Football Association chairman David Bernstein has criticised FIFA president Sepp Blatter regarding his comments on racism in the game, and insists that the English governing body are doing all they can to stamp discrimination out of the game.
The issue has been at the forefront of the football world after Blatter claimed that racial abuse on the playing field can be forgotten with a simple handshake.
Bernstein's statement read: "The FA and all of English football have consistently been unified against racial abuse and all forms of discrimination. We are trustees and a funding partner of Kick it Out who campaign tirelessly for equality and inclusion in football.
"All forms of discrimination should be reported and it is our responsibility to investigate these fully. A handshake at the end of the game does not draw a line under racial abuse during a match. Mr Blatter has made it clear he will not resign but his apology today was necessary. His initial comments were wrong and irresponsible.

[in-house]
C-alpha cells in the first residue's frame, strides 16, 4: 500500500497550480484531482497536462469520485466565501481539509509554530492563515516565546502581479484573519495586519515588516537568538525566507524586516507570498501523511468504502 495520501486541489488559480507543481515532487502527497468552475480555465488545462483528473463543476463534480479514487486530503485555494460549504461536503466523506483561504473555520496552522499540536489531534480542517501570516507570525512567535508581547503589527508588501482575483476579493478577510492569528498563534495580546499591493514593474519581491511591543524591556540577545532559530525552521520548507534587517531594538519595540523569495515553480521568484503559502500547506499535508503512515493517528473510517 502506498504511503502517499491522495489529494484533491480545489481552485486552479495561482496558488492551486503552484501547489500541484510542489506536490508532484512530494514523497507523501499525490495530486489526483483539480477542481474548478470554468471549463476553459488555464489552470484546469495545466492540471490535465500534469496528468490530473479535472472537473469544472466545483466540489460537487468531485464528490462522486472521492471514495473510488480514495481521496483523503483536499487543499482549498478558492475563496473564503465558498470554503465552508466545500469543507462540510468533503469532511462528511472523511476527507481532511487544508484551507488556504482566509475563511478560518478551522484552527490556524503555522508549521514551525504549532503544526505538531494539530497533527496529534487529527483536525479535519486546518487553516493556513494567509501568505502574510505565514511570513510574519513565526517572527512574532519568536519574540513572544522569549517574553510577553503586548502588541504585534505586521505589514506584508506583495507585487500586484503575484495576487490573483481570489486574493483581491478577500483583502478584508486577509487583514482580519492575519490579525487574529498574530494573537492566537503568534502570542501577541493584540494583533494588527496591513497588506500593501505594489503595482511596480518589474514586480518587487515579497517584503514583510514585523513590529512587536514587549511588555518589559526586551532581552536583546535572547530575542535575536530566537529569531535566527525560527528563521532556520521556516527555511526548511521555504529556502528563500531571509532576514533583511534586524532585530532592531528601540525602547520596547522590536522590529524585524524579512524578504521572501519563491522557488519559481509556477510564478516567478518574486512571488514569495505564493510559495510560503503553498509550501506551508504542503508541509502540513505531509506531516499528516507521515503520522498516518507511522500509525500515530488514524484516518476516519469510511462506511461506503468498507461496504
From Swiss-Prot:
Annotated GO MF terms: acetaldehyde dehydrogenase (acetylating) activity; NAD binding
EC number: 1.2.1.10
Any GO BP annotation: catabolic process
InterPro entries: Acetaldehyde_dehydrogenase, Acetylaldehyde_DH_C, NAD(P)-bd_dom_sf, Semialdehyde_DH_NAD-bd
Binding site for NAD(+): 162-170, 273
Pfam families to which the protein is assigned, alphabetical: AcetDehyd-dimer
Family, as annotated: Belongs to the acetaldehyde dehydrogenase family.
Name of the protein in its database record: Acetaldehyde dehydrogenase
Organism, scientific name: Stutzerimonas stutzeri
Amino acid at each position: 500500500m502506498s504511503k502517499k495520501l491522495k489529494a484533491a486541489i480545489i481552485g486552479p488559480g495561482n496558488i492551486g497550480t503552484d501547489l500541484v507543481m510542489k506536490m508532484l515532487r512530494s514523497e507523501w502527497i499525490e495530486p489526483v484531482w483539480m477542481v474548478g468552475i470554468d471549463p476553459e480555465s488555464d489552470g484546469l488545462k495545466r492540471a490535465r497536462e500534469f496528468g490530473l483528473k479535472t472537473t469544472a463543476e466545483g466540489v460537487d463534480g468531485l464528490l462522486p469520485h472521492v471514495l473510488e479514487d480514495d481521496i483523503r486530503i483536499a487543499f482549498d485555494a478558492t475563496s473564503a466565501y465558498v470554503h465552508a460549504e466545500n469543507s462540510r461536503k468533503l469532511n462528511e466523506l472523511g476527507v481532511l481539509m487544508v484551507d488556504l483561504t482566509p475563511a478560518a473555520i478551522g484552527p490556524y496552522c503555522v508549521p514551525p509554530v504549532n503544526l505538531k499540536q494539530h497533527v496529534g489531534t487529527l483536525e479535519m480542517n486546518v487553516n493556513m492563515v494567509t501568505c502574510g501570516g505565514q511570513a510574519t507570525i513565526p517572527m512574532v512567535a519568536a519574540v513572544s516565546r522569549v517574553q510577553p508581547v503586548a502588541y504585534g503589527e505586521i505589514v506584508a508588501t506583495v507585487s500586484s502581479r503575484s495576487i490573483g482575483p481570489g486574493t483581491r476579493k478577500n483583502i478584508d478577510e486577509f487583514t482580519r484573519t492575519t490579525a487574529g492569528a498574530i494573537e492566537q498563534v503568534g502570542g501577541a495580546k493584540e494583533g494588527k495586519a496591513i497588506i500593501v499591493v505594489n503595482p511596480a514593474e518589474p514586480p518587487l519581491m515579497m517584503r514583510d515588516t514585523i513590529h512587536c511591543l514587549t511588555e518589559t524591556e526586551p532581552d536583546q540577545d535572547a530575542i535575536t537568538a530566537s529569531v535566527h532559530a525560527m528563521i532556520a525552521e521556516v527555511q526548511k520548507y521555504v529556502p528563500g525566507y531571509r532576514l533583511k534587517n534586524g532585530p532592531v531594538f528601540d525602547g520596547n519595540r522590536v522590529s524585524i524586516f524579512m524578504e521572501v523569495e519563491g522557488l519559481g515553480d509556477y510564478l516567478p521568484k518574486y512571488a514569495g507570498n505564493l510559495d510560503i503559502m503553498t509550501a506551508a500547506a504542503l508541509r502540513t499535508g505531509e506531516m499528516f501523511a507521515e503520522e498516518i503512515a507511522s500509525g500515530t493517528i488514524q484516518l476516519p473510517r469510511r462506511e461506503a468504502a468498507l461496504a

"As I have said many times in the past, with power comes responsibility and I – with others in prominent positions in the game have to make sure we live up to the values of which we speak."
The former Manchester City chairman went on to reiterate the FA's stance on racism and how FIFA are also continuing to try to eradicate the issue from the game.
"I am mindful that - this week's comments aside - FIFA as an organisation does much good work around the world," he added. "The organisation has made great strides in fighting racism as have many national football federations.
"I would like to take this opportunity to stress that The FA remains strongly committed to diversity, equal opportunities for all and anti-discrimination."
The 75-year-old head of FIFA did apologise for his remarks, but is adamant that he will not step down from his post.